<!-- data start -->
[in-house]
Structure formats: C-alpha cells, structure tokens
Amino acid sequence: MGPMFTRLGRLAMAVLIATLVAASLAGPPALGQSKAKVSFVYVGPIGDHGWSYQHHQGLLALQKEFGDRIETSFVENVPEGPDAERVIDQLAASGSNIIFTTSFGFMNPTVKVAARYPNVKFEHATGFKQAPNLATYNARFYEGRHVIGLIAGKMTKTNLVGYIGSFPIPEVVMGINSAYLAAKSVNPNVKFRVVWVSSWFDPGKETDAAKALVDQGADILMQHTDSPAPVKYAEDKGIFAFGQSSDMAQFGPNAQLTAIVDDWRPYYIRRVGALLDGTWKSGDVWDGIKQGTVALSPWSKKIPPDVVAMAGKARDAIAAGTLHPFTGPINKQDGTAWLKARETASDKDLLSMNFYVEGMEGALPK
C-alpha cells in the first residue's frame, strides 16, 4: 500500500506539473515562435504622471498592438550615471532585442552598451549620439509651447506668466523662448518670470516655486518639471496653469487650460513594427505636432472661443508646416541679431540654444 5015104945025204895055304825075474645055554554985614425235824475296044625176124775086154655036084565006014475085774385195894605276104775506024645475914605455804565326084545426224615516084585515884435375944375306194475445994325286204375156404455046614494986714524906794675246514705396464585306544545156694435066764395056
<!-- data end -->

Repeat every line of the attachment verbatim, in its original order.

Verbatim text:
[in-house]
Structure formats: C-alpha cells, structure tokens
Amino acid sequence: MGPMFTRLGRLAMAVLIATLVAASLAGPPALGQSKAKVSFVYVGPIGDHGWSYQHHQGLLALQKEFGDRIETSFVENVPEGPDAERVIDQLAASGSNIIFTTSFGFMNPTVKVAARYPNVKFEHATGFKQAPNLATYNARFYEGRHVIGLIAGKMTKTNLVGYIGSFPIPEVVMGINSAYLAAKSVNPNVKFRVVWVSSWFDPGKETDAAKALVDQGADILMQHTDSPAPVKYAEDKGIFAFGQSSDMAQFGPNAQLTAIVDDWRPYYIRRVGALLDGTWKSGDVWDGIKQGTVALSPWSKKIPPDVVAMAGKARDAIAAGTLHPFTGPINKQDGTAWLKARETASDKDLLSMNFYVEGMEGALPK
C-alpha cells in the first residue's frame, strides 16, 4: 500500500506539473515562435504622471498592438550615471532585442552598451549620439509651447506668466523662448518670470516655486518639471496653469487650460513594427505636432472661443508646416541679431540654444 5015104945025204895055304825075474645055554554985614425235824475296044625176124775086154655036084565006014475085774385195894605276104775506024645475914605455804565326084545426224615516084585515884435375944375306194475445994325286204375156404455046614494986714524906794675246514705396464585306544545156694435066764395056